"Yes. And while she's sometimes temperamental, she usually has her reasons, so tell me, John Sheppard of Atlantis. What have you been doing in the Pegasus galaxy?"
Woolsey had tried, he really had, but McKay was something of a force of nature and pitted against mere human etiquette prevailed on all fronts. He winced as McKay started yelling at the SGC command team again.
"I don't *care*, you have more than one ship!"
"Rodney, there are no ships available," Carter enunciated with far more patience than anyone else in the conversation still could manage. Landry looked as though he was two insults away from an aneurysm. "We can't just pull them off duty whenever we feel like it?"
"Why not? You would if it was O'Neill."
"That's not the point, McKay. We don't have them to spare. They aren't here."
"And what if the Ori decide to turn up on Earth's doorstep? What good will all your warships be if you can't even produce them to defend the home planet?"
"That's why they're staying here. Daedalus is in the yard getting overhauled, Apollo is in high orbit around Earth, Odyssey is on a mission, and no, I can't bring her back just for one man, McKay, they're going after SG-7."
McKay's lips thinned, but he didn't explode, much to Woolsey's surprise. "Fine," he said. "I'm going to need to talk to the Canadian representative of the IOA. Immediately."
Carter spread her hands and shook her head. "There's nothing she can do that we can't, Rodney. We just don't have the physical capability to--"
"I heard you the first time," he snapped. "I need to speak to Joyce Li. Now."
"I. Don't. Care."
"Doctor McKay, there's no need to --" Woolsey stopped dead at the glare that McKay leveled at him. "There is really no need for threats," he said, but the pause had been too long and McKay had already dismissed him as no longer relevant to the battle. In the background, Landry was expostulating at Colonel Carter, while Doctor Jackson appeared to -- Woolsey frowned. Jackson was on the phone.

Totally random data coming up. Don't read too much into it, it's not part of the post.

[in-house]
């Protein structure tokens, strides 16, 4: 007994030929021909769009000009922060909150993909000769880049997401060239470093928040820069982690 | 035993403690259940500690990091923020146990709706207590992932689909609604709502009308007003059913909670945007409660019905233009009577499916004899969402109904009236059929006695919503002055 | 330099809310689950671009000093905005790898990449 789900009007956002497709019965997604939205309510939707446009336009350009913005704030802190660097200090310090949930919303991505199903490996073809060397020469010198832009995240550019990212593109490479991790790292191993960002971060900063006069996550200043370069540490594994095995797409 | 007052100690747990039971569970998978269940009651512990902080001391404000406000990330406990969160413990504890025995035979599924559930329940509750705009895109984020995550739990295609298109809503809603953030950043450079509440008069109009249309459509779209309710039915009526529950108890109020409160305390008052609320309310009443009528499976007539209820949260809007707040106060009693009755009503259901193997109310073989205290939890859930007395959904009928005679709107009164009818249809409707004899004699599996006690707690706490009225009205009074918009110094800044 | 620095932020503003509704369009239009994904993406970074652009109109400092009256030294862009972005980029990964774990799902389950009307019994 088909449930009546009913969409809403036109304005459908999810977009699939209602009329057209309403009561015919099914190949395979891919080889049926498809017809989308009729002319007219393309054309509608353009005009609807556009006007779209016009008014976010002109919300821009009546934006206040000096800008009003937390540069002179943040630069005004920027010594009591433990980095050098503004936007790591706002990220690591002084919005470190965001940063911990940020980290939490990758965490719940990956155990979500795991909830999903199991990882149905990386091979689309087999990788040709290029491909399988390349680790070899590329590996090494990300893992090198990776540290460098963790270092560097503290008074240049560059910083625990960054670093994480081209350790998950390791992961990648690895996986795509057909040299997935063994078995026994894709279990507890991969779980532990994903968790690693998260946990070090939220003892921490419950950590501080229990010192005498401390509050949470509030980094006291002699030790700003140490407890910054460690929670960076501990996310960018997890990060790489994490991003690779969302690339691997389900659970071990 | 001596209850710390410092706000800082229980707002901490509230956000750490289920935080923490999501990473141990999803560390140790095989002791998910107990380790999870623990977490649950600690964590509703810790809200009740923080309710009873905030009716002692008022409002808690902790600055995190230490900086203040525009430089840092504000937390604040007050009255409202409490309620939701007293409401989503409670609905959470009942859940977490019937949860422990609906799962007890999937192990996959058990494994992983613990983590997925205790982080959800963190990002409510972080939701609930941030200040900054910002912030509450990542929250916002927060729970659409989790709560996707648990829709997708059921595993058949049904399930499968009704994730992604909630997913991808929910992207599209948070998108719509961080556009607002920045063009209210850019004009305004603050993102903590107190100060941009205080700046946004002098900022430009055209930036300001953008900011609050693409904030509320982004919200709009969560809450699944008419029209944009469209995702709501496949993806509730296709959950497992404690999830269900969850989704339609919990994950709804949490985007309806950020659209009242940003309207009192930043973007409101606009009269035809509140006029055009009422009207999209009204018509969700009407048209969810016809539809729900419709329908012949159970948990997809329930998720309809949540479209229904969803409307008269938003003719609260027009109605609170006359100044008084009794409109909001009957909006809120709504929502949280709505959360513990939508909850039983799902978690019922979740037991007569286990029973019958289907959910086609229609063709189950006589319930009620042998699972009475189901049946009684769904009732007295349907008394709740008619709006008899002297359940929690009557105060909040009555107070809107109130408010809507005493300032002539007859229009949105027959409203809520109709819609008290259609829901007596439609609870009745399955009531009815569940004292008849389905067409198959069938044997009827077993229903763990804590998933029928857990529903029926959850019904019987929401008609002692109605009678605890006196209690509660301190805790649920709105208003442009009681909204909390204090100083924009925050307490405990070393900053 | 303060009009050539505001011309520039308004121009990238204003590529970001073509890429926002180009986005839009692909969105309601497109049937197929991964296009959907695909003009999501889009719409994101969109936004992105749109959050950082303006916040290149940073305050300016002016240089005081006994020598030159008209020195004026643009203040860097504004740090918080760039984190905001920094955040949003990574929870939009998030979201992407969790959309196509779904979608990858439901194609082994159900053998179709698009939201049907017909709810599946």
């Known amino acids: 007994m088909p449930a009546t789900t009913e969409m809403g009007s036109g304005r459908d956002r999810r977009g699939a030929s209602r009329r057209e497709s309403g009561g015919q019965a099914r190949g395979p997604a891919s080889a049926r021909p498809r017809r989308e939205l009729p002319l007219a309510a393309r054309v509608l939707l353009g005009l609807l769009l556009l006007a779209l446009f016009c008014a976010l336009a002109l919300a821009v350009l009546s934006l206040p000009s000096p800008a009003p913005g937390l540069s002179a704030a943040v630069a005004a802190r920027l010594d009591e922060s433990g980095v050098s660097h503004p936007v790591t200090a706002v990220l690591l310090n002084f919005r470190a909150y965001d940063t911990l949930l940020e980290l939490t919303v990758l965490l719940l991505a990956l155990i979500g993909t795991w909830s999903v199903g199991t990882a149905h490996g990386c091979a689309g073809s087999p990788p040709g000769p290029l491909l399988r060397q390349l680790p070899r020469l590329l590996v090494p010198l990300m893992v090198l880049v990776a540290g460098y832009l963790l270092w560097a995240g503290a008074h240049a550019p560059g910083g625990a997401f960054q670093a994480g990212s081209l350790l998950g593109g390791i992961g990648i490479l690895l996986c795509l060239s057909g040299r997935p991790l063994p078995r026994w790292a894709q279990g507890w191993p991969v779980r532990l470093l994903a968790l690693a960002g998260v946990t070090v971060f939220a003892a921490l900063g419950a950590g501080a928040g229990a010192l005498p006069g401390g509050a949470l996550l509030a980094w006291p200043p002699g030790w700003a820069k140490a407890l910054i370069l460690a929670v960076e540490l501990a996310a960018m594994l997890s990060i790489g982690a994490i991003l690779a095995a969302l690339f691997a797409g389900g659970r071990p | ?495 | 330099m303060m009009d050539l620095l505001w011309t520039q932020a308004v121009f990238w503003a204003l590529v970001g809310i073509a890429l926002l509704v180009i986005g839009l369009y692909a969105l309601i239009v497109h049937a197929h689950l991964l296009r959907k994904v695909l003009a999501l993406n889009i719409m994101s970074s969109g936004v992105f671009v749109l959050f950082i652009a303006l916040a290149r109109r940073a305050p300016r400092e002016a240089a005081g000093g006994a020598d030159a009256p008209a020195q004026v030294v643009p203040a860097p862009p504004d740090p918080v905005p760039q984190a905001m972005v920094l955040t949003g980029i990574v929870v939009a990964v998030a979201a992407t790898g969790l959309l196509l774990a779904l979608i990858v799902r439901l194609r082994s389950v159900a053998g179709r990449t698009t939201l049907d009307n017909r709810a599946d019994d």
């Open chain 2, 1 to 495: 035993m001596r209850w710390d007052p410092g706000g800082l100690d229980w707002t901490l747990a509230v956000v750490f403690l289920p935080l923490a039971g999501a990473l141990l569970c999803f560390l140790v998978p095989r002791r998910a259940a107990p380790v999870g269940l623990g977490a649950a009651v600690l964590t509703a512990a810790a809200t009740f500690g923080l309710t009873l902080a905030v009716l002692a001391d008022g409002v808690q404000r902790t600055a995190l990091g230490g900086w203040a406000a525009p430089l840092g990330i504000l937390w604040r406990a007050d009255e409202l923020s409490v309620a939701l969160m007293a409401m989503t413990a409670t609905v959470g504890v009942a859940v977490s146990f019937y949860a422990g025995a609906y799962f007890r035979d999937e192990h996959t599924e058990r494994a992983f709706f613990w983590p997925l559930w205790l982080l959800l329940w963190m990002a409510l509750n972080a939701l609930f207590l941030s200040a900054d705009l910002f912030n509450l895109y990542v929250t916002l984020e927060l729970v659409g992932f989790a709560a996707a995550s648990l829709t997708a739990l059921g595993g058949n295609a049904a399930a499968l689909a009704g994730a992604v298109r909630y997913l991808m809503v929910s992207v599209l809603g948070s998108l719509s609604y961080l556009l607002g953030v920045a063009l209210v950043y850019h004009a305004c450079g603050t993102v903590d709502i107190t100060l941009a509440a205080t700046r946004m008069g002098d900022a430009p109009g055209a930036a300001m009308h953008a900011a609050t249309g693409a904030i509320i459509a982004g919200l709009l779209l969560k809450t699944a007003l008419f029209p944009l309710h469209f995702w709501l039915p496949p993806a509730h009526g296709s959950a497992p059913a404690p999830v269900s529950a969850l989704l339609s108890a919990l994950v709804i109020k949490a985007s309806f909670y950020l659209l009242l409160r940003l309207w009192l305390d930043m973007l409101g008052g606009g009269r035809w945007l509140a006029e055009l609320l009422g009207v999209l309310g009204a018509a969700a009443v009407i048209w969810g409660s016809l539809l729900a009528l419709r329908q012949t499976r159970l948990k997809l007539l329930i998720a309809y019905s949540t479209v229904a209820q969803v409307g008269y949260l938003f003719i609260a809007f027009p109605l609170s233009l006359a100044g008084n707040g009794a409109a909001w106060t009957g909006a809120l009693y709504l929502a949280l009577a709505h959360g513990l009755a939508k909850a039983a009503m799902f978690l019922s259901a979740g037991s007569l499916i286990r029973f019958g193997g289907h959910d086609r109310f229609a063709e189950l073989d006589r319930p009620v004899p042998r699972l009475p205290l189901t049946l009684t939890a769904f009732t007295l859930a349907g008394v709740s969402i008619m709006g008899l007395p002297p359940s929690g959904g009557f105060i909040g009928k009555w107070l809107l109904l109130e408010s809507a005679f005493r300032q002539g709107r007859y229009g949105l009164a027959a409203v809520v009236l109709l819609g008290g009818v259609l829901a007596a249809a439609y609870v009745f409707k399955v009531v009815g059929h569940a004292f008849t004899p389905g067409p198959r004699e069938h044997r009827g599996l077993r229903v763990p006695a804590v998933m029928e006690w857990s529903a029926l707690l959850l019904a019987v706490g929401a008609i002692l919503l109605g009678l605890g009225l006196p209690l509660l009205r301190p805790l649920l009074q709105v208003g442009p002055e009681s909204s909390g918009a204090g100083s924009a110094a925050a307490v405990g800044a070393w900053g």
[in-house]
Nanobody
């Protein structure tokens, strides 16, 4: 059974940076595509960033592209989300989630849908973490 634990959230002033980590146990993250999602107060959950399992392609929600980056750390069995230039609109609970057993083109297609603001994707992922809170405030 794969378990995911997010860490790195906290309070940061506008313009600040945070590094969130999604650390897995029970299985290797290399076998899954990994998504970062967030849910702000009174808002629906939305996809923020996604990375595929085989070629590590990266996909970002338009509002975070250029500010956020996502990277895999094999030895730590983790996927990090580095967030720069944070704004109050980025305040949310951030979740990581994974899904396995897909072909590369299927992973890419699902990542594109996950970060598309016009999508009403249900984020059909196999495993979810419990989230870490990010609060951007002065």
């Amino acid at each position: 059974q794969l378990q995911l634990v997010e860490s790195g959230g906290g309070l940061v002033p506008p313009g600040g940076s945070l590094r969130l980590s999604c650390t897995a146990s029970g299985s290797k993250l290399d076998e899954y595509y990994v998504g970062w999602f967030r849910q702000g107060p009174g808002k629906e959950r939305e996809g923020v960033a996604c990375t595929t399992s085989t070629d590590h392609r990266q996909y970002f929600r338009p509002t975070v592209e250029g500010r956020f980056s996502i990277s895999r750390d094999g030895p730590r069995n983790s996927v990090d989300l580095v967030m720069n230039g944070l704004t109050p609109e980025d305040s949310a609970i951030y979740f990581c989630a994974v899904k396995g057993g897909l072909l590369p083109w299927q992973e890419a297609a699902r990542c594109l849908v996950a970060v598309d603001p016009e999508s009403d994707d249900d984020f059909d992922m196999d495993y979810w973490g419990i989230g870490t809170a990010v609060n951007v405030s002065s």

Landry leaned in, and snapped, "This is a clear abuse of resources. McKay, I'm making a formal complaint against you for your behavior and abuse of position."
"Whatever," McKay said, "now where's Li?"
"Here, Doctor McKay." An elegantly dressed woman walked into the meeting, and turned the pickup to face her. "The Apollo was kind enough to beam me over. Now, what's the fuss?"
"Colonel Sheppard is missing and these jackasses can't spare a ship to go looking for him for another six weeks. God knows where he'll be by then."
Li raised an eyebrow at him, "You require an alternative ship? Are you sure?"
McKay nodded sharply. "Yes, I think it's that important," he said firmly. "If you like I'll make it a formal request?"
"I think that would be best, if you don't mind?"
"Fine. The Torchwood Institute is formally requesting the presence of the Valiant for search and rescue duties in the Pegasus galaxy."
Li actually smiled at him. "I will notify UNIT. And, thank you, Doctor."
"Just send her quickly," he told her. He looked at Landry and Carter, both of whose jaws had dropped, and added, with the faintest hint of a smirk, "Thank *you*, Ms Li."